raise concerns at county trails workshop
By Ranae Bangerter
April 06, 2006| HYRUM -- Providing access to all types
of trails -- biking, walking, jogging, riding horses
and many others -- was discussed in a county-wide trails
and bike route workshop Tuesday. But some citizens were
concerned about the safety of trails on private property.
The workshop was scheduled to talk about connecting
trails from city to city and across county lines and
a map was prepared to show how that would happen.
"We kind of came to the conclusion that we need to
do this," said transportation planner Jeff Gilbert,
about the workshop and combined map. "We know that some
people don't want it and that's what we're trying to
do, get their input," he added.
Tables in the Civic Center were set up with large
maps spread out, which marked specific trails all over
the valley. Citizens were encouraged to fill out surveys,
place stickers on maps and make a comment on a sheet,
next to the same colored sticker, about the trails.
"When we look at one city's trail system and another
city's trail system and compare them we see other opportunities,"
said County Trails Coordinator Tim Watkins.
Most of the 30 citizens who took a survey and commented,
liked the idea of giving input.
"I appreciate that they are allowing us to talk about
it," said Nibley resident Thayne Mickelsen. Although
Mickelsen did like the idea of having the cities come
together he didn't appreciate trails by the canals,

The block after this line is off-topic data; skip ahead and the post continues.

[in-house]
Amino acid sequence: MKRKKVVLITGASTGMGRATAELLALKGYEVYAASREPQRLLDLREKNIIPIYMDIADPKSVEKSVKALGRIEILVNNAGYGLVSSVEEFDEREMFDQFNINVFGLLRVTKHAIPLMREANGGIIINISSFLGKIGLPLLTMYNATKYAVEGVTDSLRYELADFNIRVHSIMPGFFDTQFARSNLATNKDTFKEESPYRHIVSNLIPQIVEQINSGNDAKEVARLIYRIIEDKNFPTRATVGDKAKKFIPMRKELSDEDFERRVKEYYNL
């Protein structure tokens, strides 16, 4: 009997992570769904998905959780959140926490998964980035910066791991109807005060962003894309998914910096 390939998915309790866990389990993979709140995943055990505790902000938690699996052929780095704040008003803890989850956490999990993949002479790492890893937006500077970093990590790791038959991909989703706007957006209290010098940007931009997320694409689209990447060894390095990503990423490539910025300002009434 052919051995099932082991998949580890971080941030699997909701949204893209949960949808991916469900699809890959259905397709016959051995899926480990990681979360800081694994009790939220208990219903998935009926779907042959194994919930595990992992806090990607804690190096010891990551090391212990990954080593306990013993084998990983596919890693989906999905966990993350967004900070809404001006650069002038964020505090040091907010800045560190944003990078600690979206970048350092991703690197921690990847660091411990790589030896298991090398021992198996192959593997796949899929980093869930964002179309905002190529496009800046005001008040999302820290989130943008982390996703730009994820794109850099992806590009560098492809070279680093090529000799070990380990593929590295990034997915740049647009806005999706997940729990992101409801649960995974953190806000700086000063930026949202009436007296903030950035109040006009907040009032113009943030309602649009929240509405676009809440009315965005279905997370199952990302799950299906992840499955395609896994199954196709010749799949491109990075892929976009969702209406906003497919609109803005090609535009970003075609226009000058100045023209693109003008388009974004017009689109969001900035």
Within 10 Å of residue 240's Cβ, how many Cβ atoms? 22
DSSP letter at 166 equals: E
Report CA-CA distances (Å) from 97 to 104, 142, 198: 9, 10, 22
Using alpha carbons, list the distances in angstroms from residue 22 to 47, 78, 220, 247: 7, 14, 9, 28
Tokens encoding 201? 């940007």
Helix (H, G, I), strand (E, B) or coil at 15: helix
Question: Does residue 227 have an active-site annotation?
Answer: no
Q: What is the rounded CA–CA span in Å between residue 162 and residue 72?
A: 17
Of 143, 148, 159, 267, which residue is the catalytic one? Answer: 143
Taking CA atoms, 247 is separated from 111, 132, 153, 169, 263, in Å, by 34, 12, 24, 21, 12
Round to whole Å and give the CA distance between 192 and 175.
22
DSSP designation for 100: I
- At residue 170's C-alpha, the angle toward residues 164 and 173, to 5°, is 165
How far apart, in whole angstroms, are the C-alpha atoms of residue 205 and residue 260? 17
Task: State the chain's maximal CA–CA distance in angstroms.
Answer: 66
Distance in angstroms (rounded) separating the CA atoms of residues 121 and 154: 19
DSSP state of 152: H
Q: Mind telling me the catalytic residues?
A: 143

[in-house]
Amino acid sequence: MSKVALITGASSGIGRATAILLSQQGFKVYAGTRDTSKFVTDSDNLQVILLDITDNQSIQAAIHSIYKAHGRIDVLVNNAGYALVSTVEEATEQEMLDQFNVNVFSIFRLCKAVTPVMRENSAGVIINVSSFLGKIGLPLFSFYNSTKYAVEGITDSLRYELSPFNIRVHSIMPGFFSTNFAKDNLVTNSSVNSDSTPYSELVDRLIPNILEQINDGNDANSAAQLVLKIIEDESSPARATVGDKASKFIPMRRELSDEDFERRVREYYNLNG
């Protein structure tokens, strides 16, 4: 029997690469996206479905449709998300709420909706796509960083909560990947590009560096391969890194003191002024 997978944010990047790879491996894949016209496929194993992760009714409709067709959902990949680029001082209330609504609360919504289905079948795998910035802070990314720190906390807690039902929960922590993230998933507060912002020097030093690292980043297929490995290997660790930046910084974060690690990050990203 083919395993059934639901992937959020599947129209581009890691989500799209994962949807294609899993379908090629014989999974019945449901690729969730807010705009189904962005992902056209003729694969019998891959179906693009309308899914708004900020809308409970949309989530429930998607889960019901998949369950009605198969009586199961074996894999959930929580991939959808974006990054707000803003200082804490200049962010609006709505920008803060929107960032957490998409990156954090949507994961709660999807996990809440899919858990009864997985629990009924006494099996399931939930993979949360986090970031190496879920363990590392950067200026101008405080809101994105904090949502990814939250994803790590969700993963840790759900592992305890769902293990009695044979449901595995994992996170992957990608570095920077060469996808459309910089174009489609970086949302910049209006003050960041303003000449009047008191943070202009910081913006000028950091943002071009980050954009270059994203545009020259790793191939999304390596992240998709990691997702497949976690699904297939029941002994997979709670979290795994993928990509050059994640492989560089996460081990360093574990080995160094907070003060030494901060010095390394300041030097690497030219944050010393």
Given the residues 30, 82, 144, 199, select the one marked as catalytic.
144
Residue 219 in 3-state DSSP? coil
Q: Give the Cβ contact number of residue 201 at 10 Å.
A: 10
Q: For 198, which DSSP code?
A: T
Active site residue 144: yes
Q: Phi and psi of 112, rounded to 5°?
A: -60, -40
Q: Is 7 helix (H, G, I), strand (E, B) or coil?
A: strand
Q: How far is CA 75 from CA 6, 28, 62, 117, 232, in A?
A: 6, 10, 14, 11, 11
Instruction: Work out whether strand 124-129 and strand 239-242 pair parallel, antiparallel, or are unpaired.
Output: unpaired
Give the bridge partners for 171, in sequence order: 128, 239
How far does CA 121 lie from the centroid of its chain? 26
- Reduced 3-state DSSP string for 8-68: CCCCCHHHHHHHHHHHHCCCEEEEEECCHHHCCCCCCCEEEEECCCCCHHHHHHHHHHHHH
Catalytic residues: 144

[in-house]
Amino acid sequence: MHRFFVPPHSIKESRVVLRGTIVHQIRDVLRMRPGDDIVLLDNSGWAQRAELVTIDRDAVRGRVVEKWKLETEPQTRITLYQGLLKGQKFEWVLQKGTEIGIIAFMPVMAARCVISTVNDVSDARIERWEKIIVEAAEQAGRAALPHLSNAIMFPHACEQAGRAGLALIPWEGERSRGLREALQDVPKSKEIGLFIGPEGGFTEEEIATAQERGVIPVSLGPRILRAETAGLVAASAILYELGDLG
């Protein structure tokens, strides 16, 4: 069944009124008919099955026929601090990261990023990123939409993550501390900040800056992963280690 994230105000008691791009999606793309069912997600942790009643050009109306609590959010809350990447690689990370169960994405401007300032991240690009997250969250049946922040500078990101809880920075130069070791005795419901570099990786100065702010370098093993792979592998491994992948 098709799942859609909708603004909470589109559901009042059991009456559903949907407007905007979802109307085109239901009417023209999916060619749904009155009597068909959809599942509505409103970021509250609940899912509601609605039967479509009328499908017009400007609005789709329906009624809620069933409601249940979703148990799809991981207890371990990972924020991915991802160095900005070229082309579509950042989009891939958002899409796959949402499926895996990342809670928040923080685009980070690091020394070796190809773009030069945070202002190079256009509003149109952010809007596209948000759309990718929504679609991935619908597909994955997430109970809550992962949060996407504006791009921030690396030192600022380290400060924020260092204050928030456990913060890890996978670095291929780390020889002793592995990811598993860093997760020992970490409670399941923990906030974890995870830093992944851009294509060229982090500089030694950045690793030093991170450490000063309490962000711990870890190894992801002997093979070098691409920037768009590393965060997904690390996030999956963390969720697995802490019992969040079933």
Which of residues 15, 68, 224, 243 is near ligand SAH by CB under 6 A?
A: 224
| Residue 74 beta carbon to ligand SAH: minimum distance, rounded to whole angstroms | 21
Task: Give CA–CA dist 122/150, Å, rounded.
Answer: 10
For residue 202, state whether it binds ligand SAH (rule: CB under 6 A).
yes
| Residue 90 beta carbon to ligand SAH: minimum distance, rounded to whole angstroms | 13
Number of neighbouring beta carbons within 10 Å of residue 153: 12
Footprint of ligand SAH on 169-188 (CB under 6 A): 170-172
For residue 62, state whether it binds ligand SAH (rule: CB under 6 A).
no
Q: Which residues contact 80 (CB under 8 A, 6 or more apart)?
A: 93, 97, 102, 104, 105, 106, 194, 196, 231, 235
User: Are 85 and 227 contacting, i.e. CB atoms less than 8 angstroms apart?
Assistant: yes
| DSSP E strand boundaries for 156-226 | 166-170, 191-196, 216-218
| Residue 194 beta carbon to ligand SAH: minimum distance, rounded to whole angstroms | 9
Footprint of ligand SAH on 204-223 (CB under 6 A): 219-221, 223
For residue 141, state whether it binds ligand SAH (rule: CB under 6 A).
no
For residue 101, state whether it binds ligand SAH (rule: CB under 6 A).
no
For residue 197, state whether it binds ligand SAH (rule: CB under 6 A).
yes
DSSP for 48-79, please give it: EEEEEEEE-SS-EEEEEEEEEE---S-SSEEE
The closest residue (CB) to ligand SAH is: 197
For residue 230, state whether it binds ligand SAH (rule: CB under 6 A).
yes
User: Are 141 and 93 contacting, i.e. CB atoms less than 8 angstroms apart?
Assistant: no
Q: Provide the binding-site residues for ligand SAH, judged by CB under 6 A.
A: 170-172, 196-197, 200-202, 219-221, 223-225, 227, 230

which had been drawn on the large-scale maps. "I think
using existing roads is a good idea, but not by the
canals," he said.
Another Nibley resident, Ron Hellstern, said he thought
if a citizen allows access to another person's private
property, then that citizen should allow others to have
access to their property as well.
Others were concerned about crime, safety issues,
and vandalism, if strangers were in their backyards
by the canals. Janett Forbush, a North Logan resident,
has a home by the canal, and has seen litter, sanitary
napkins, and diapers in and by the canal, and she thought
that would all only increase with a designated trail.
"The reason I worry about it is because of the trail
they designated in Weber County," said Forbush.
"My understanding is there is a problem spot by a
lot of vegetation by a main road," said Watkins, about
the trails by Jordan River in Weber County. Watkins
also said the issues by the Jordan River should not
be used as a way to prove that all trails are bad.
Watkins said that the county group is planning an
alternate route around the canals. He said that a new
state law does not allow for eminent domain for trails,
and that he would negotiate and work with landowners.
Other residents were worried about if the trails would
have signs to designate what would be allowed on the
trails, such as bikes, horses or dogs. "They need to
specify what will be on that trail," said police officer
Gilbert said that the county has set aside $50,000
Utah State University student Rachel Cox said she
likes the idea of trails on main roads by the university.
"I would like a bike lane on 4th North," said Cox. "A
lot of students walk on the sidewalk and with a bike
lane it would make it safer for me to travel on the
Providence resident Gayle Knapp is an avid runner
and biker and loves to take her dogs with her to ski-jor,
which is cross-country skiing behind huskies. She said
she and her husband run or ski with their dogs on trails
in the valley year-round. Knapp said she thinks the
connecting trails will give stores more business because
runners and bikers need to be replenished when traveling
The surveys and comments will be taken into consideration
when the master trail plan is completed and awaits approval
later this summer.